When we introduce coordinate systems, like spherical coordinates, one usually does it with respect to cartesian coordinates.

What would be the right way to derive the (for example) spherical coordinate basis of the tangent space at a point of a manifold(without using cartesian coordinates at all)? I mean, I have seen the definition of the tangent space and the coordinate basis, but how does one compute it in practice?

And deduce the metric tensor from the coordinate basis?


This is not a proper answer to this post, but it might help the OP find out the answers they seek anyway. So, if we're doing differential geometry and we're considering the tangent space $T_P\mathcal{V}$ to some differentiable manifold $\mathcal{V}$, then any coordinate system $(q^1,\dots,q^n)$ on $\mathcal{V}$ the following vector basis on $T_P\mathcal{V}$, which we call the coordinate basis:

$$\left\{\left(\frac{\partial}{\partial q^1}\right)_P,\dots,\left(\frac{\partial}{\partial q^n}\right)_P\right\}.$$

When working in a manifold like the affine space $\mathbb{R}^n$, we can define a canonical coordinate system by taking $(0,\dots,0)$ as our origin and the canonical basis $\{\vec{u}_1,\dots,\vec{u}_n\}$ on the vector space $\mathbb{R}^n$ to associate the point $O+x^1\vec{u}_1+\cdots+x^n\vec{u}_n$ with the coordinates $(x^1,\dots,x^n)$.

We define the position vector on $\mathbb{R}^n$ as $\vec{x}=x^1\vec{u}_1+\cdots+x^n\vec{u}_n$, and we consider all the vectors in $T_P\mathbb{R}^n$ as al possible derivatives of this position vector. Now, every coordinate system $(q^1,\dots,q^n)$ which we would have defined from scratch in the former case can now be defined in terms of this canonical coordinate system, this is, as a system of equations of the form

$$x^i =\Phi^i(q^1,\dots,q^n), \space\space\space i=1,\dots,n.$$

I should note that the position vector only has components equal to the coordinates of the point it... points to, when we're considering cartesian coordinates. If you are familiar with the position vector in curvilinear coordinates, you OP must already know this.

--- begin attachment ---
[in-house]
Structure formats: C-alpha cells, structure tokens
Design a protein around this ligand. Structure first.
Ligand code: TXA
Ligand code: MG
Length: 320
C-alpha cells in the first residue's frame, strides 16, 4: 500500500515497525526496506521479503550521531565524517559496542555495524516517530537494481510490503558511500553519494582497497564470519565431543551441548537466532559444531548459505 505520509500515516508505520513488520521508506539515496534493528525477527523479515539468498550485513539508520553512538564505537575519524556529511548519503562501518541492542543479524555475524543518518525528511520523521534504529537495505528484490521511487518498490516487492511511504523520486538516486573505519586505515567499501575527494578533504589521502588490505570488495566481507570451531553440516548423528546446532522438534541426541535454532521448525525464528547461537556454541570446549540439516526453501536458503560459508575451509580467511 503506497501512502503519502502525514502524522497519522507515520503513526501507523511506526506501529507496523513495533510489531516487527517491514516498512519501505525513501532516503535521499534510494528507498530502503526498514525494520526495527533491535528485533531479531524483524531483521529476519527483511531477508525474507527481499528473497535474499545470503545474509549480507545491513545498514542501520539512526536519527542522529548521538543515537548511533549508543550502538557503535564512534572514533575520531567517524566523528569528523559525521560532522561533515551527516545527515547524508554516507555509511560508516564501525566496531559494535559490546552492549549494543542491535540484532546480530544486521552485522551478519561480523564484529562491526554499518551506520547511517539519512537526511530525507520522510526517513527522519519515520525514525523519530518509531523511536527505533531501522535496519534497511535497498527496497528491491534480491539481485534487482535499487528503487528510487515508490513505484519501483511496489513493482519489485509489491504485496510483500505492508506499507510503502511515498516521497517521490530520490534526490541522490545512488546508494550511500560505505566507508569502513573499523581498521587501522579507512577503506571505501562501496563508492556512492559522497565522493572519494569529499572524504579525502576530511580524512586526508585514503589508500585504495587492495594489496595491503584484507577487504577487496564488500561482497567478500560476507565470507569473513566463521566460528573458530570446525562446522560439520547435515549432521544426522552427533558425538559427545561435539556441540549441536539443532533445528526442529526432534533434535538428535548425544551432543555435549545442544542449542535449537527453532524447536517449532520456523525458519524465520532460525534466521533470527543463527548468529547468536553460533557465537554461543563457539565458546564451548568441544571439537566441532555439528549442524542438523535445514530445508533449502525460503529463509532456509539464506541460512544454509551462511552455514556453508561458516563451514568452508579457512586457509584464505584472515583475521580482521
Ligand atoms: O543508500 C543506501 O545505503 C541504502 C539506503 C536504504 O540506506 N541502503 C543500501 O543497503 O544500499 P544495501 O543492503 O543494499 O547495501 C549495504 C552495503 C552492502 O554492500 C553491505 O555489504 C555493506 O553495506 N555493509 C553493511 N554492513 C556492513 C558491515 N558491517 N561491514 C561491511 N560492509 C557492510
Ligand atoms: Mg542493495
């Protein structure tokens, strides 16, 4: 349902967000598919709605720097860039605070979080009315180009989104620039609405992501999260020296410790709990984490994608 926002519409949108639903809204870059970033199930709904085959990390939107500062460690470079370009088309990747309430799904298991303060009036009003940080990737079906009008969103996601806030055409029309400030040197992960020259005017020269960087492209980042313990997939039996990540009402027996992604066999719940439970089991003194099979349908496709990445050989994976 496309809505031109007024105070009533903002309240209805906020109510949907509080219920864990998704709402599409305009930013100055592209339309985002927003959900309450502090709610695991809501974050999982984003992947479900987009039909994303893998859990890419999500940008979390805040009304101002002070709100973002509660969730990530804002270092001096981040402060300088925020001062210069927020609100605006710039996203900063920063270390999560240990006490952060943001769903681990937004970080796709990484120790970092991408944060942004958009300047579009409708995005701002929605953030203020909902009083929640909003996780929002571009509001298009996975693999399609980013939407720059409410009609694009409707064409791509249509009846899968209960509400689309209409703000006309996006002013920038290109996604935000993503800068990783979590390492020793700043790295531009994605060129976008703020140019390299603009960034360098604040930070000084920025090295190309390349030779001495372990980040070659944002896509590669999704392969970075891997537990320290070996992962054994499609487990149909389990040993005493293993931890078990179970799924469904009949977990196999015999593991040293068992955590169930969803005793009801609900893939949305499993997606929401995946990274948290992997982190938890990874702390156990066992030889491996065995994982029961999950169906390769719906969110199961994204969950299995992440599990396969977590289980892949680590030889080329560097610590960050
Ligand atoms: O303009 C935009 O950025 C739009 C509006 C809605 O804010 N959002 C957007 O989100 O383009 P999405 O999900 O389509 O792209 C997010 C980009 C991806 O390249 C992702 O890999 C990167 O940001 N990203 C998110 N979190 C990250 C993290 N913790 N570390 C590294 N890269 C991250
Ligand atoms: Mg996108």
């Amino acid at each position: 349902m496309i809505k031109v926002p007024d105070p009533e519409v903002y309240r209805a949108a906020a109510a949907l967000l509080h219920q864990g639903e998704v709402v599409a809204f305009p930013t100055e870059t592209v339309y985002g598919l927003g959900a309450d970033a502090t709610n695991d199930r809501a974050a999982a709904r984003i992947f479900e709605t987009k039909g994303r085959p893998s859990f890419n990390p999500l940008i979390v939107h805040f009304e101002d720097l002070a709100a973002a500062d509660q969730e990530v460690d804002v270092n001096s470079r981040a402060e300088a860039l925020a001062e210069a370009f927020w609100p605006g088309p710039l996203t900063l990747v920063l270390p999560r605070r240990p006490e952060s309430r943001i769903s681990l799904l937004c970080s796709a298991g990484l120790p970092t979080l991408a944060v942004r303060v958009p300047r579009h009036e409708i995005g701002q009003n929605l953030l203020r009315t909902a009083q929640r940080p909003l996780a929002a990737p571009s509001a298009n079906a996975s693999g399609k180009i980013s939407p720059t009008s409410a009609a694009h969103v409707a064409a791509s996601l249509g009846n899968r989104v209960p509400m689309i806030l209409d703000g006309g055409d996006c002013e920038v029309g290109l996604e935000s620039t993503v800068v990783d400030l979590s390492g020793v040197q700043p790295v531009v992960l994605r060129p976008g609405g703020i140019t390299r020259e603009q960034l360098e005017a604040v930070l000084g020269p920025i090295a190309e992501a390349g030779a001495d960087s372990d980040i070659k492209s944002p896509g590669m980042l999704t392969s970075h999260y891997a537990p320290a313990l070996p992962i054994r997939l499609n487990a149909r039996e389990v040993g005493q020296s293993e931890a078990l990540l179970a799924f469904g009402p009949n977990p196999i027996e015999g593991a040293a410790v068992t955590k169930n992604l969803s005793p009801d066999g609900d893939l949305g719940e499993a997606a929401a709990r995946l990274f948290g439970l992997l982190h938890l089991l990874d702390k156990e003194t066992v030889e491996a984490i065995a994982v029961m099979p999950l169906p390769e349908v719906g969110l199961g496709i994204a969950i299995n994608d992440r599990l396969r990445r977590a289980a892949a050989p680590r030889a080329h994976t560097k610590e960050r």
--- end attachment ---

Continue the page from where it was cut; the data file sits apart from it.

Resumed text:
Now, the coordinate basis on $T_P\mathbb{R}^n$ can be interpreted as the partial derivatives of $\vec{x} = \vec{\Phi}(q^1,...,q^n)$, which makes it

$$\left\{\left(\frac{\partial\vec{x}}{\partial q^1}\right)_P,\dots,\left(\frac{\partial\vec{x}}{\partial q^n}\right)_P\right\}.$$

This is how the coordinate basis is usually defined in physics. The fact that the position vector doesn't live in a tangent space whereas all the other important vectors (velocity, acceleration, momentum...) do is usually neglected, though. This two notations are not incompatible, in fact, they are the same if we write $\vec{u}_i$ (the canonical basis) as

$$\vec{u}_i = \left(\frac{\partial}{\partial x^i}\right)_P \implies \vec{e}_{\alpha} = \left(\frac{\partial\vec{x}}{\partial q^{\alpha}}\right)_P = \left(\frac{\partial x^i}{\partial q^{\alpha}}\right)_P\left(\frac{\partial}{\partial x^i}\right)_P=\left(\frac{\partial}{\partial q^{\alpha}}\right)_P$$

by virtue of the chain rule.

So, in principle, you can define spherical coordinates without going through canonical cartesian coordinates. Of course, you'll have to specify something about that coordinate system to know which is it. If we were to rely on canonical cartesian coordinates, we would define spherical coordinates with the coordinate transformation $\Phi\colon\space[0,\infty)\times[0,\pi]\times[0,2\pi) \longrightarrow \mathbb{R}^3$ such, that

$$\begin{cases} x^1=r\sin{\theta}\cos{\phi} \\ x^2=r\sin{\theta}\sin{\phi} \\ x^3=r\cos{\theta} \end{cases}$$

and from here we would obtain the coordinate basis doing

$$\vec{e}_i = \frac{\partial x^j}{\partial q^i}\vec{u}_j.$$

Is it even possible to define spherical coordinates without their change of basis to canonical cartesian coordinates? In this particular case, as $\theta$ and $\phi$ are defined as angles with respect to the canonical cartesian coordinate axis, it might be difficult, but we saw at the beginning of this answer that there exist manifolds without any canonical coordinate system, and they obviuosly can have coordinate systems and, thus, coordinate basis. So, in theory, this should be possible.

As for the metric tensor, you can find its components with respect to the coordinate basis (whenever you find it) by doing

$$g_{\alpha\beta} = g(\vec{e}_\alpha,\vec{e}_\beta)$$

thanks to bilinearity.


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